My journey into tech was not as smooth as everyone perceives it was. But as I’ve shared my story with others and gotten to hear theirs, I’ve come to realize that it is actually the “norm” to have a nonlinear path into tech.
As mentioned in the video, my first ever technical interview was with Microsoft on the campus of Ohio State University. As a bright-eyed student who’d never gone through a technical interview before, I was lost.
I can’t recall what the interviewer had asked me to do but I do recall feeling helpless and being unable to answer his technical questions.
That feeling of helplessness was my first experience in tech. And as I’ve come to find out, it’s one I share with countless others.
They say, “what doesn’t kill you makes you stronger.”
After walking away from that experience I was determined to get better and improve my odds of landing a strong internship.
I reached out to my computer science friends who’d landed internships at companies, like Apple and Microsoft, and asked for help on how to prepare.
Shout out to my classmate, good friend, and study partner, Jon Ruben. Jon helped me break down the study process and prepare for technical interviews.
We relied on Gayle Laakmann McDowell’s “Cracking The Coding Interview“. And we dedicated regular practice sessions to each chapter.
And I continued to interview with other companies while practicing my technical interview skills.
But it wasn’t until my third interview that I felt ready and confident. This was an internship with IBM and I knocked the interview out of the park.
IBM offered me an internship to work with their engineering team in Columbus, Ohio and I verbally accepted.
Then a few days later, Microsoft came calling again.
A recruiter reached out to me via LinkedIn, asking if I wanted to interview for an engineering internship in Seattle. I didn’t mention that I’d interviewed on-campus before. I just took it as the universe offering me a second chance and accepted.
Upon passing the initial phone screen, I was flown out to Seattle for a rigorous day of final round interviews.
This was wayyy more thorough and intense than any other interview process I had previously been through.
That day, I interviewed for over 5 hours straight. Five interviews each lasting 45 minutes with a 15-minute break in-between, and an “as needed” interview to cap it all off.
Leaving the Microsoft campus I felt confident that I had put my best foot forward and answered all technical questions to the best of my abilities.
Not soon after, only a mere hour, I got a call from the recruiter. She informed me that Microsoft would like to offer me an internship position in the summer.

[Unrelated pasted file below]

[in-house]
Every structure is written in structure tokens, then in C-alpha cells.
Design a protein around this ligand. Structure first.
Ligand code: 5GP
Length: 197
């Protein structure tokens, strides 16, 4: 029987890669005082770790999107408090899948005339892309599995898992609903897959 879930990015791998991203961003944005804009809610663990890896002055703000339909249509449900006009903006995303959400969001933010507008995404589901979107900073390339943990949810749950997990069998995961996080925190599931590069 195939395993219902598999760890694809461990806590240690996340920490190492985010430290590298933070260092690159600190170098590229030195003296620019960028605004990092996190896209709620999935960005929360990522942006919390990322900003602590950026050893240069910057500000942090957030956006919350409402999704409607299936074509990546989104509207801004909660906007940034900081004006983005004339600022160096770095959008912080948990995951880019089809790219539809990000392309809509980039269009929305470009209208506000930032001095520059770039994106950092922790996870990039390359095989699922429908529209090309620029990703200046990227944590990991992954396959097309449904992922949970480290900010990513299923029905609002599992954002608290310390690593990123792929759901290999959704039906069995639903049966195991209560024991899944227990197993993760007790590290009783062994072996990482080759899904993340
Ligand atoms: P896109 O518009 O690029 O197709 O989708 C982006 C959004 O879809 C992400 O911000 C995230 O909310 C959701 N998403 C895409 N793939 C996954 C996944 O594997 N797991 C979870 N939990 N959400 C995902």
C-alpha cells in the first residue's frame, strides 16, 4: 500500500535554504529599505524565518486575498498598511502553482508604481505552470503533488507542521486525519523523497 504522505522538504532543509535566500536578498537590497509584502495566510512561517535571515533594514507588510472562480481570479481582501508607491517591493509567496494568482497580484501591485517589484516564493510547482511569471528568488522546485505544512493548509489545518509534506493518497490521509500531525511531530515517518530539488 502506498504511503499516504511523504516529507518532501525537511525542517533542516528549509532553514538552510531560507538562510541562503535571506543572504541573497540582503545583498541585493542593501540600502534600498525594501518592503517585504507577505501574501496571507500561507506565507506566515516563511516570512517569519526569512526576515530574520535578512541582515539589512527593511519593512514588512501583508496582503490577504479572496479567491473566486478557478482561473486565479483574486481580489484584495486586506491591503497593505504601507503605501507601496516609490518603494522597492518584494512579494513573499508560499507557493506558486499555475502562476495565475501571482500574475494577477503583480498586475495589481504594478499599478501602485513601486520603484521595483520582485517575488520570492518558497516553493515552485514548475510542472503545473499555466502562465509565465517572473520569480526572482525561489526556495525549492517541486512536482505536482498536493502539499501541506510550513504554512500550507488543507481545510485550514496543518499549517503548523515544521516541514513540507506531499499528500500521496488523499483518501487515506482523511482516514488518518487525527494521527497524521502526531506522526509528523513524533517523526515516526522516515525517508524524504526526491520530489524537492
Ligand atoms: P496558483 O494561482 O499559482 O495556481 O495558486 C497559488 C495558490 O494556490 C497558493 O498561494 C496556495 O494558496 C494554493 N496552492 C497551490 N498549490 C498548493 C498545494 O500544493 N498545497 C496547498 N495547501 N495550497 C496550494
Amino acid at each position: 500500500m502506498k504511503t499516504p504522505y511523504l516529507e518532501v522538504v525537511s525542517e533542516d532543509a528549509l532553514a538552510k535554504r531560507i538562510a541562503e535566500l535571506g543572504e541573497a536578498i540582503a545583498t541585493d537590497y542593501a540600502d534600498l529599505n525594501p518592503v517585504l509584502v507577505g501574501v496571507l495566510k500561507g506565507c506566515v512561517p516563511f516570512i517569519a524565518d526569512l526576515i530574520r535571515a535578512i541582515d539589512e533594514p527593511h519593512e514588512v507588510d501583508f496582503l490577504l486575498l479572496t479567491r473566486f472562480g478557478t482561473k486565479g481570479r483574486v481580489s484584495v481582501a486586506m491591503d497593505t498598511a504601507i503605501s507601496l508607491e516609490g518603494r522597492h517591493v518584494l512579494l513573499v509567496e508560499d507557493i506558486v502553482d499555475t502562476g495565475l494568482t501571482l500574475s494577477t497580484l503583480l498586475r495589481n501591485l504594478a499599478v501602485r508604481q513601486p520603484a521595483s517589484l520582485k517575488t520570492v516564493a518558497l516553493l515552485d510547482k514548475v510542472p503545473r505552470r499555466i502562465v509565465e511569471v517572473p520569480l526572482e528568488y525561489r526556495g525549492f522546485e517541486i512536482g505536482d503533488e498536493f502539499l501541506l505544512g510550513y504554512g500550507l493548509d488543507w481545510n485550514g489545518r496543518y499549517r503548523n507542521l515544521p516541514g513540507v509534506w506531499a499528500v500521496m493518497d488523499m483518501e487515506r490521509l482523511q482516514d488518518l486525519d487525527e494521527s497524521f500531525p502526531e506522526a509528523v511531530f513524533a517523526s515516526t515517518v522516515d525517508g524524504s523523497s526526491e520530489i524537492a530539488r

Ecstatic, I verbally accepted (I had to cancel on my IBM internship).
Looking back on that whole experience and knowing what I know now, here is how I would advise college juniors and seniors to approach the technical interviewing process.
Start by creating a study program involving “Cracking The Coding Interview”. Once you’ve consumed the main chapters on data structures and algorithms then start scheduling interviews.
Schedule your interviews like this. Start with the companies you’re LEAST likely to actually want to work for. Use those interviews for practice and experience. Early on you WILL get rejected but this way you won’t feel so bad after and you can use the experience as practice.
As you get better in your technical interviewing skills, as well as, your studying you should be moving your way towards the interviews for companies you actually want to work for.
By taking this approach you gain practice, experience, and, most importantly, a high likelihood that you will get an offer before you reach your target job interviews. Line up your interviews to optimize for this!!
I can’t understate how important it was for me to have that IBM offer going into my Microsoft interview.
There’s a psychological phenomenon that happens to humans when we know we’re secure. We tend to exude more confidence which allows us to put our best foot forward.
If it was not for the IBM offer in my back pocket I may have not done as strongly in the final Microsoft interviews.
But because I approached it with a nonchalance and cavalier attitude, I aced the interview and got the offer. Again, this was because I felt there was nothing to lose.
So before coming into your target job interviews make sure to have at least one offer to fall back on.
This approach can also be used outside of technical interviews. But I hope by sharing this knowledge I can help at least 1 student accomplish their goals of getting into tech.